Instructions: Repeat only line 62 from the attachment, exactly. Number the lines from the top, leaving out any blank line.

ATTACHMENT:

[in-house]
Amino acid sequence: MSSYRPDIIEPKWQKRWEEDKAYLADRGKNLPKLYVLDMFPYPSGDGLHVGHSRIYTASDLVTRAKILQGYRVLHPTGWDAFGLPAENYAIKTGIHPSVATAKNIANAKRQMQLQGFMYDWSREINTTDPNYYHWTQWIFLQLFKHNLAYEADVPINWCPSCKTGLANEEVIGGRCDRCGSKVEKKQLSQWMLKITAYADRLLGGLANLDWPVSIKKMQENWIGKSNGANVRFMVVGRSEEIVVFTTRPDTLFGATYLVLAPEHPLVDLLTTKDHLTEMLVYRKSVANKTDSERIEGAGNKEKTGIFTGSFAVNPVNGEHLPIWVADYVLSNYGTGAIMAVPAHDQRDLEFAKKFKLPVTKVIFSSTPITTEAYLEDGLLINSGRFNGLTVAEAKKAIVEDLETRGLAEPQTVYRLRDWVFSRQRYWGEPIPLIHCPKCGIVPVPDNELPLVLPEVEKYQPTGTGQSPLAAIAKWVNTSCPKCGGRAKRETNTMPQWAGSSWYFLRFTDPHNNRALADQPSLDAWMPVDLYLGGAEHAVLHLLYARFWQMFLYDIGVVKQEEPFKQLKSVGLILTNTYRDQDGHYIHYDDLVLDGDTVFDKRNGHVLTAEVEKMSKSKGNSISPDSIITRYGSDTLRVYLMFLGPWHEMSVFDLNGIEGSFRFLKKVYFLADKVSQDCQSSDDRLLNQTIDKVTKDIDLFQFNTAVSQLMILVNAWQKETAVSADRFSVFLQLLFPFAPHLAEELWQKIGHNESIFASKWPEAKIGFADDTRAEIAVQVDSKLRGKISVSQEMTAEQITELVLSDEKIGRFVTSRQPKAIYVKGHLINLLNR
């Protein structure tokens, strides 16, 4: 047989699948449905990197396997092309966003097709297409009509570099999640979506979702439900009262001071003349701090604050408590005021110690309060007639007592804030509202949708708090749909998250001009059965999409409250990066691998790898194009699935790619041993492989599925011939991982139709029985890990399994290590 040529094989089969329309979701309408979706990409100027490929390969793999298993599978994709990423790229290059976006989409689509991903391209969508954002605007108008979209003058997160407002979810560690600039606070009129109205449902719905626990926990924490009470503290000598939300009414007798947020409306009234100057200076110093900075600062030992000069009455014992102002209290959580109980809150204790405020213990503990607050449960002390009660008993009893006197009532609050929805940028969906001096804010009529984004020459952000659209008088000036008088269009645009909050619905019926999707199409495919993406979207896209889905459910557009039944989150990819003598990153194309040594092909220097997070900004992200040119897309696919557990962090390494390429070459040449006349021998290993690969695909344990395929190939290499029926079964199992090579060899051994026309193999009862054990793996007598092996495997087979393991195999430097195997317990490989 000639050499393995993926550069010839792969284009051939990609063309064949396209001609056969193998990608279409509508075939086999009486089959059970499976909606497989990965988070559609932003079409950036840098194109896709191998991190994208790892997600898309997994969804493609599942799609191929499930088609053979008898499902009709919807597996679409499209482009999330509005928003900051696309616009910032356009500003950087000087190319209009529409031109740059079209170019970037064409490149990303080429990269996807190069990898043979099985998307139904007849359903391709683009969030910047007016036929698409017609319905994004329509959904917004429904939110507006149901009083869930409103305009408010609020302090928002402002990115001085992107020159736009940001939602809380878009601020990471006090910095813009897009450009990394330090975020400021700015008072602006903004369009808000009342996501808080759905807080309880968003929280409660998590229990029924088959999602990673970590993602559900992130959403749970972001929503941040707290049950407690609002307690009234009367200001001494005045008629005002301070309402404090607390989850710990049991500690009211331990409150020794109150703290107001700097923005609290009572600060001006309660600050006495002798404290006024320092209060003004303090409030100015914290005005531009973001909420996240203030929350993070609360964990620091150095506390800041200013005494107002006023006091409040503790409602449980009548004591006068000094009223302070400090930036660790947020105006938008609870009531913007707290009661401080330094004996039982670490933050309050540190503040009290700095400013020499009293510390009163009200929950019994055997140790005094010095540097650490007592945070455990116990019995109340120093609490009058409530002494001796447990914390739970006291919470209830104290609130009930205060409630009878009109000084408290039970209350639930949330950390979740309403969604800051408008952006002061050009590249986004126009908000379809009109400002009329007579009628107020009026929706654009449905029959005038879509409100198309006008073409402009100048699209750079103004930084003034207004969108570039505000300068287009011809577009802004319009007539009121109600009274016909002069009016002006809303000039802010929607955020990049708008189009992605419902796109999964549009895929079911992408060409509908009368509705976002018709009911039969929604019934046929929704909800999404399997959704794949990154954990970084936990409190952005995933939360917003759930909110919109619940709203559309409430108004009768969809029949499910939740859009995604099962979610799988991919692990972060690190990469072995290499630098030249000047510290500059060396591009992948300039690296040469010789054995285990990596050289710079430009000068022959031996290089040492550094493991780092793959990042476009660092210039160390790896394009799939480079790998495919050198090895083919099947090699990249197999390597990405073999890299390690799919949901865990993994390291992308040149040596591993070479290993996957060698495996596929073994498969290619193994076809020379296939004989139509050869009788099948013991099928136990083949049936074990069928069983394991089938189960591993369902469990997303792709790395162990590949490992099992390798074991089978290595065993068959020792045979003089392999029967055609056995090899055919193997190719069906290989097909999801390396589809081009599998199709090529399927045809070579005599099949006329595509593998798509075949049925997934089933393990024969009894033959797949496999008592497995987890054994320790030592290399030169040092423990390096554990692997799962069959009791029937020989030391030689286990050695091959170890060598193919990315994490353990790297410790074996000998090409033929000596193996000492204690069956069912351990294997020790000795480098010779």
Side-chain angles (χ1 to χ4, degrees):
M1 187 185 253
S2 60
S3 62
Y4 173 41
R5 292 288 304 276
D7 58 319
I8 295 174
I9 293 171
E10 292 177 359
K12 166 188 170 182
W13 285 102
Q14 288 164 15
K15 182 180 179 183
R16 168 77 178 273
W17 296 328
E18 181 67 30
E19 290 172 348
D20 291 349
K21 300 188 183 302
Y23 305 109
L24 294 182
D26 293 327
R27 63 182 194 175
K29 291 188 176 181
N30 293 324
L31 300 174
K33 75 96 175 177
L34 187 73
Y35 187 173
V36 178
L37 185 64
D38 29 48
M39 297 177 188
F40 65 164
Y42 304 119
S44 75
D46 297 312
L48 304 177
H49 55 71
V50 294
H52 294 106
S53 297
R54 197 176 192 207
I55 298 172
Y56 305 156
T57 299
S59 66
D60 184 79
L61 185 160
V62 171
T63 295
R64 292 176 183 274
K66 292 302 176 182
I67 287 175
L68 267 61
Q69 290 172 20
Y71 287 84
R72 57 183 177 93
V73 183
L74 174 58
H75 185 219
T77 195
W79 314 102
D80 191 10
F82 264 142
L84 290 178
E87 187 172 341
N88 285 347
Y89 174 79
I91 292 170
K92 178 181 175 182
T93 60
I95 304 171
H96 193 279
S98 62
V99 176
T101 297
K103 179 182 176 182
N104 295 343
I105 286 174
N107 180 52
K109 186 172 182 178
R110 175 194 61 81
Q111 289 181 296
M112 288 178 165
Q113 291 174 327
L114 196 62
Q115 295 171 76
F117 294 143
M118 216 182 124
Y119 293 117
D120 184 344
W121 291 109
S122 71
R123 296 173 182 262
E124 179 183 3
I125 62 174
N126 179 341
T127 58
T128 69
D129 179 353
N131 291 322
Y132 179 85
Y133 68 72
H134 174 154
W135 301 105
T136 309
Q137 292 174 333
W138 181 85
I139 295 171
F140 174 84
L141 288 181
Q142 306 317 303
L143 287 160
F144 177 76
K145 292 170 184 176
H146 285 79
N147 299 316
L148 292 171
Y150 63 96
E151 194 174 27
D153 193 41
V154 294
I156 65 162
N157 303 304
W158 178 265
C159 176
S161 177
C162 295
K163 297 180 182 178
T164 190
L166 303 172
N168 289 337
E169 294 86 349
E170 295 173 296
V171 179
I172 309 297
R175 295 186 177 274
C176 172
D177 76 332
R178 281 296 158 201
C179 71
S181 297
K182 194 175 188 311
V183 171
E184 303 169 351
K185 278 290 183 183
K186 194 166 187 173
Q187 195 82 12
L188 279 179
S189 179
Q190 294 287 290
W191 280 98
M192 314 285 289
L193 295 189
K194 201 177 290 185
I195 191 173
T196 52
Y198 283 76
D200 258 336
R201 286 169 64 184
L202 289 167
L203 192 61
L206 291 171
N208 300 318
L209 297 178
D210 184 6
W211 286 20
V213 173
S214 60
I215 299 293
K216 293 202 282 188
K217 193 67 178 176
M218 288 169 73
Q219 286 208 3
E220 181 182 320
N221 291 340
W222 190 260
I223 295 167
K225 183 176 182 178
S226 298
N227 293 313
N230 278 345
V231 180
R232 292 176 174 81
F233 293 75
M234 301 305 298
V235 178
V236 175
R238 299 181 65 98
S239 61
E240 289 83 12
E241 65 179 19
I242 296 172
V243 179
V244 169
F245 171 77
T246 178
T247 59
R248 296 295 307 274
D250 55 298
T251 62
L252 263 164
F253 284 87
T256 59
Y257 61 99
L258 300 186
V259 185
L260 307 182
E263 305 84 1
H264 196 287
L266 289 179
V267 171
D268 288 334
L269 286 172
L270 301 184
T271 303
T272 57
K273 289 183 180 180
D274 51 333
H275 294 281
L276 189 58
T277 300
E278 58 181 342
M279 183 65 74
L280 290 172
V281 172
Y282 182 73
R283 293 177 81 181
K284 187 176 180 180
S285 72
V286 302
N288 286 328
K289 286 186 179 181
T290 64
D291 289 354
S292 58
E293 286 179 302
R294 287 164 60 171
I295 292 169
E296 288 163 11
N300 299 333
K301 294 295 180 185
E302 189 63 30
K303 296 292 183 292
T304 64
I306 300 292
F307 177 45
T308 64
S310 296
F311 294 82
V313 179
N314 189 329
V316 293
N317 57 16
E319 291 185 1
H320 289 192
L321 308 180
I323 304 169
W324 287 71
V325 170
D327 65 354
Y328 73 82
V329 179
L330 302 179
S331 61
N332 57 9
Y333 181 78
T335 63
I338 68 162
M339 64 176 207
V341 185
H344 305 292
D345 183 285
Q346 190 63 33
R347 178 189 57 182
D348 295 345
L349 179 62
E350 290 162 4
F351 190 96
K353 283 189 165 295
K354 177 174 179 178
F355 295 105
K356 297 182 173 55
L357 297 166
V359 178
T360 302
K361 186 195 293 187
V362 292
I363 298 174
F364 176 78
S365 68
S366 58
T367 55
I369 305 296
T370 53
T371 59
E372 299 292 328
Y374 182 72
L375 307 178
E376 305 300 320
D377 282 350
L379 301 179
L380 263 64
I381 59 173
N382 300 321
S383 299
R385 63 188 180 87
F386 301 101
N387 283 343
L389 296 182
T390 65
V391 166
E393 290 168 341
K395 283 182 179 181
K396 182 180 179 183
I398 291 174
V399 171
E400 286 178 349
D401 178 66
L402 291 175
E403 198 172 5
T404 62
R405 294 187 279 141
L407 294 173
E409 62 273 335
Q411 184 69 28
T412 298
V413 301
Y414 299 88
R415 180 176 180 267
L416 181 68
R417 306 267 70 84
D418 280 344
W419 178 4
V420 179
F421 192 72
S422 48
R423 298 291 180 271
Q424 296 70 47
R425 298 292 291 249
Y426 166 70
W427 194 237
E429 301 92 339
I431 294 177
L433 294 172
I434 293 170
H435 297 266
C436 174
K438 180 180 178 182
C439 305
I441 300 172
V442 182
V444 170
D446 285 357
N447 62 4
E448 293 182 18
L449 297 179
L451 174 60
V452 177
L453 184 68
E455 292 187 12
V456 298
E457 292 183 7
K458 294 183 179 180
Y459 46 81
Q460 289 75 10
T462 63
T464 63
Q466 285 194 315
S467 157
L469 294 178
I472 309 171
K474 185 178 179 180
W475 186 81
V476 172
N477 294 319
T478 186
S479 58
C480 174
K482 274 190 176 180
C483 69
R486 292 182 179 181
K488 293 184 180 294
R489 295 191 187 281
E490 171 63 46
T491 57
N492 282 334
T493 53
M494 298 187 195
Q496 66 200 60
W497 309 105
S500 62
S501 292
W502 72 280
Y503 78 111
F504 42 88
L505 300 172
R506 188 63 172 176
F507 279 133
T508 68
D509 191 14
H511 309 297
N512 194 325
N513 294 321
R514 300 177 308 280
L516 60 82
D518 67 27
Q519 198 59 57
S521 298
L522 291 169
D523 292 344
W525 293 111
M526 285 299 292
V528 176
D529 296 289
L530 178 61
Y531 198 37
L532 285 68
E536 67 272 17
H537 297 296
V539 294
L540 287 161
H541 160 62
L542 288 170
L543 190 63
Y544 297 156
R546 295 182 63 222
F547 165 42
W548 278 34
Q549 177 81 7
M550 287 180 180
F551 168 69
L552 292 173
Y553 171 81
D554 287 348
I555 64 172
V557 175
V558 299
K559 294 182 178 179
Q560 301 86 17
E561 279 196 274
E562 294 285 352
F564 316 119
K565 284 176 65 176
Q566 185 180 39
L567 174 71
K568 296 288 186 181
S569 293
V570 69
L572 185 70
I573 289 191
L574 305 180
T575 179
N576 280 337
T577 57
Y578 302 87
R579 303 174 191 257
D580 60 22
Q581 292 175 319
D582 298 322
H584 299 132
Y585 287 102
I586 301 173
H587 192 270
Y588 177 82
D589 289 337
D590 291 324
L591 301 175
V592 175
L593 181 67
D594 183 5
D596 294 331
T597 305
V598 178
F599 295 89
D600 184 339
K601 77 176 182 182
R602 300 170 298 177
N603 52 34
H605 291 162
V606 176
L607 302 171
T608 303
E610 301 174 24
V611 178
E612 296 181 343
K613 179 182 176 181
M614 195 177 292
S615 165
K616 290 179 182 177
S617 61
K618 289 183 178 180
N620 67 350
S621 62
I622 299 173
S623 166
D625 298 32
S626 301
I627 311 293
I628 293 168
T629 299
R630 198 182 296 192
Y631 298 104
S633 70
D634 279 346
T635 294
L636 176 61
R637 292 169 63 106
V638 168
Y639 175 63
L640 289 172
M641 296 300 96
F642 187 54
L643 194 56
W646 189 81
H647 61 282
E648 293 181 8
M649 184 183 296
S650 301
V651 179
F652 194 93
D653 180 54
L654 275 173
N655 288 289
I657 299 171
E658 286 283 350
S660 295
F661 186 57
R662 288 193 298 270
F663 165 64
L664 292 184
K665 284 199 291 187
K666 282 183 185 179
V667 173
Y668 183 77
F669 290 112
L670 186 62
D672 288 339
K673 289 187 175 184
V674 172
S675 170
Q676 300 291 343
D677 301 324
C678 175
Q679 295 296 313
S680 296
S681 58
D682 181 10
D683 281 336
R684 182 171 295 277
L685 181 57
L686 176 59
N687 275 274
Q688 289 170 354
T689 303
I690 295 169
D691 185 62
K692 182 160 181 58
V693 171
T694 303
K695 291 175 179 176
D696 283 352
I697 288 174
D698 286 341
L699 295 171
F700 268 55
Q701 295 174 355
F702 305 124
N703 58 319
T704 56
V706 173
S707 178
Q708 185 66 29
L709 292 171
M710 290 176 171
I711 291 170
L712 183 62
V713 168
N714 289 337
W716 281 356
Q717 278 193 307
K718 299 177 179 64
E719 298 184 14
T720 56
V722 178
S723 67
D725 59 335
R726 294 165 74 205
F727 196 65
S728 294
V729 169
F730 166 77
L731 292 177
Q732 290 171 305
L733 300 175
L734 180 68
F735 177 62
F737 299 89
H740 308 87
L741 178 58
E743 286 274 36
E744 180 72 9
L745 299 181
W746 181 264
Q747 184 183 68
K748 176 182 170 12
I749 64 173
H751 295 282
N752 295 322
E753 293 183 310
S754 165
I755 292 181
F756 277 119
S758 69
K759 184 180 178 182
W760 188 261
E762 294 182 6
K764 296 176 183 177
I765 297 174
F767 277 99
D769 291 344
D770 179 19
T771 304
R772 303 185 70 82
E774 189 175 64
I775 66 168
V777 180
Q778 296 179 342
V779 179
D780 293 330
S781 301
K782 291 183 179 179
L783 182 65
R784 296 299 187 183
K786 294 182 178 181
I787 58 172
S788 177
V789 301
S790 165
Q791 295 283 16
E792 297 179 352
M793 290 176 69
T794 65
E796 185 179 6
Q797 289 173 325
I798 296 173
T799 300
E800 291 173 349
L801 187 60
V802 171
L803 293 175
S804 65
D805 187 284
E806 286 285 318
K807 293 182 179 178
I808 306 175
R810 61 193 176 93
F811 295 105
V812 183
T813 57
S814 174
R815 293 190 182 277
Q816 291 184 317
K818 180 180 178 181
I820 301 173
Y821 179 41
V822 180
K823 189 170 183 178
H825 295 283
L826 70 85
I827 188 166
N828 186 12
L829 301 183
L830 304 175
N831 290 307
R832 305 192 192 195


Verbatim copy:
R72 57 183 177 93